distinguishing eBGP from show ip BGP

Jared Mauch jared at puck.nether.net
Wed Mar 11 19:18:23 UTC 2015

> On Mar 11, 2015, at 2:59 PM, Mark Tinka <mark.tinka at seacom.mu> wrote:
> On 11/Mar/15 20:51, Jared Mauch wrote:
>> 	NTT (2914) tags routes based on if they are a customer, peer
>> and with geographic communities based on where the route enters our
>> network.  Many networks perform similar techniques and you can find
>> details at various websites or this one:
>> http://www.onesc.net/communities/
>> You will likely get far more accurate data.
> The trick with relying on BGP communities to map routing data is that their propagation between AS's is not always guaranteed.

True, they also can get marked, remarked, or dropped at various network edges.

This is why I was suggesting taking the data directly from the MRT files at route-views.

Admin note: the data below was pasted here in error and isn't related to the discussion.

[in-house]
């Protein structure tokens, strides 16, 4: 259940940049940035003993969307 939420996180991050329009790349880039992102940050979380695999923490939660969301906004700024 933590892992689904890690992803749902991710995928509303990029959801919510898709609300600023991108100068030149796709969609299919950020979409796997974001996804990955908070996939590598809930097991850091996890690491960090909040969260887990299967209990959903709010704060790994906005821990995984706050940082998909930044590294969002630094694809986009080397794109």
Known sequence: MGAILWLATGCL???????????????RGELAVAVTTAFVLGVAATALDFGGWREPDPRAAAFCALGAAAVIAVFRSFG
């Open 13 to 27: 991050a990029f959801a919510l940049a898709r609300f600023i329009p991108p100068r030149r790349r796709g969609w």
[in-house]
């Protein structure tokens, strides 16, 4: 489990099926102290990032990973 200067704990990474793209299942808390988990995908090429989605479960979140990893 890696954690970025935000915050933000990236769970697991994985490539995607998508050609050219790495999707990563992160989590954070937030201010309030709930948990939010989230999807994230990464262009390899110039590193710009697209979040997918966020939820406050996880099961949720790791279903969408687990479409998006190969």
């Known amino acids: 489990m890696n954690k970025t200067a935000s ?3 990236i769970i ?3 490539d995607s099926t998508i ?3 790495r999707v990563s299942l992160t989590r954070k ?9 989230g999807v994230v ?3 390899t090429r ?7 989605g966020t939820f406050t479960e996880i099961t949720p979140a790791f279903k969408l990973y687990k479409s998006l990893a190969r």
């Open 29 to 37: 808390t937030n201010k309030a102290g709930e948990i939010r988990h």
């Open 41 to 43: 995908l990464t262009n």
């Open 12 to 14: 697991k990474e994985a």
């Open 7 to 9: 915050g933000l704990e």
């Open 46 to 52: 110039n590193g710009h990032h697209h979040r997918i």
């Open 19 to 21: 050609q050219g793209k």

I’ve been using this for the routing leak detector just processing the updates over the years and it’s way easier to process a smaller update file than diff the entire RIB dump.  (at least for that use-case).

Many people who do BGP don’t do a good job with their policy which is how you end up with these full table leaks and seemingly random routes appear that hairpin through networks.

eg:	2497 701 6453 45474 174 17444

It’s unlikely that 6453 or 701 should really be using 45474 to reach 174 or their customer 17444.

This has a lot to do with IOS devices which by default send all routes to all configured peers.  Cisco does a particularly poor job of educating it’s CCIE and other graduates of this fact.

IOS-XR can be made to do the same thing, but requires explicitly enabling this problematic behavior.

Similarly send-community on IOS requires beyond the basic “neighbor remote-as 5” type config.


- Jared

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